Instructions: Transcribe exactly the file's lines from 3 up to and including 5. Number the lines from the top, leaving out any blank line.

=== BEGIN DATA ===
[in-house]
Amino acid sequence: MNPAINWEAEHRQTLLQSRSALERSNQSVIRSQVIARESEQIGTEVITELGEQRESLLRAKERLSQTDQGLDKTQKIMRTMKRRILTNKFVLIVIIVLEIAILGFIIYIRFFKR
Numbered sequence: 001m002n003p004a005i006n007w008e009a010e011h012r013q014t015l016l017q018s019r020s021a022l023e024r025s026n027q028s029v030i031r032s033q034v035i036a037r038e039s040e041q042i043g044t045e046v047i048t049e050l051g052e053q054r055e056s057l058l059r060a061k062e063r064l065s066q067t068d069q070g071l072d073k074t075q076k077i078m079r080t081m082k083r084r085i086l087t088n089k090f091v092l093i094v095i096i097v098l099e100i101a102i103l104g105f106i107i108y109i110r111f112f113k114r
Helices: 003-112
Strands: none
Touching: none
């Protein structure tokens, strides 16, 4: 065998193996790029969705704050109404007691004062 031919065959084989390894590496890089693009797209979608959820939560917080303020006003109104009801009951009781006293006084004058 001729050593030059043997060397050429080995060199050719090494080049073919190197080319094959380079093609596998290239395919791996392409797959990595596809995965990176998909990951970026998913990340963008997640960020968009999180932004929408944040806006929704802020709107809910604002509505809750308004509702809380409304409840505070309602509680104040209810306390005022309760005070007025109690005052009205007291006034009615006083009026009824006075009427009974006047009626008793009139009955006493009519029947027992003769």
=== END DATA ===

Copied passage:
Numbered sequence: 001m002n003p004a005i006n007w008e009a010e011h012r013q014t015l016l017q018s019r020s021a022l023e024r025s026n027q028s029v030i031r032s033q034v035i036a037r038e039s040e041q042i043g044t045e046v047i048t049e050l051g052e053q054r055e056s057l058l059r060a061k062e063r064l065s066q067t068d069q070g071l072d073k074t075q076k077i078m079r080t081m082k083r084r085i086l087t088n089k090f091v092l093i094v095i096i097v098l099e100i101a102i103l104g105f106i107i108y109i110r111f112f113k114r
Helices: 003-112
Strands: none